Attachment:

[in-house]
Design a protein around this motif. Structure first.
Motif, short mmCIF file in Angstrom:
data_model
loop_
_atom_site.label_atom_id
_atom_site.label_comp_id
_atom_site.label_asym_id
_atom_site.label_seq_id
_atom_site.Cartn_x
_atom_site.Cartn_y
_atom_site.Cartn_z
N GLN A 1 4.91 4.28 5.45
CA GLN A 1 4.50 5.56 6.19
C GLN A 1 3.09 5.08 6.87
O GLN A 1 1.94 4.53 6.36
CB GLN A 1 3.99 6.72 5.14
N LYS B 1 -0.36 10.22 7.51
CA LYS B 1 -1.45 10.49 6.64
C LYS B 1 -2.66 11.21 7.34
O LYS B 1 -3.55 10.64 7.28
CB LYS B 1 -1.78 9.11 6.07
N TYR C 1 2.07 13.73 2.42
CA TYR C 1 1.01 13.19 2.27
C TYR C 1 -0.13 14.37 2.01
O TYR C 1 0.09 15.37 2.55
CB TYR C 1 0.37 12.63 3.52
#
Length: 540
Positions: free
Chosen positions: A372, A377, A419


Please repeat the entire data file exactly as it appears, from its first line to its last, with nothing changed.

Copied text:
[in-house]
Design a protein around this motif. Structure first.
Motif, short mmCIF file in Angstrom:
data_model
loop_
_atom_site.label_atom_id
_atom_site.label_comp_id
_atom_site.label_asym_id
_atom_site.label_seq_id
_atom_site.Cartn_x
_atom_site.Cartn_y
_atom_site.Cartn_z
N GLN A 1 4.91 4.28 5.45
CA GLN A 1 4.50 5.56 6.19
C GLN A 1 3.09 5.08 6.87
O GLN A 1 1.94 4.53 6.36
CB GLN A 1 3.99 6.72 5.14
N LYS B 1 -0.36 10.22 7.51
CA LYS B 1 -1.45 10.49 6.64
C LYS B 1 -2.66 11.21 7.34
O LYS B 1 -3.55 10.64 7.28
CB LYS B 1 -1.78 9.11 6.07
N TYR C 1 2.07 13.73 2.42
CA TYR C 1 1.01 13.19 2.27
C TYR C 1 -0.13 14.37 2.01
O TYR C 1 0.09 15.37 2.55
CB TYR C 1 0.37 12.63 3.52
#
Length: 540
Positions: free
Chosen positions: A372, A377, A419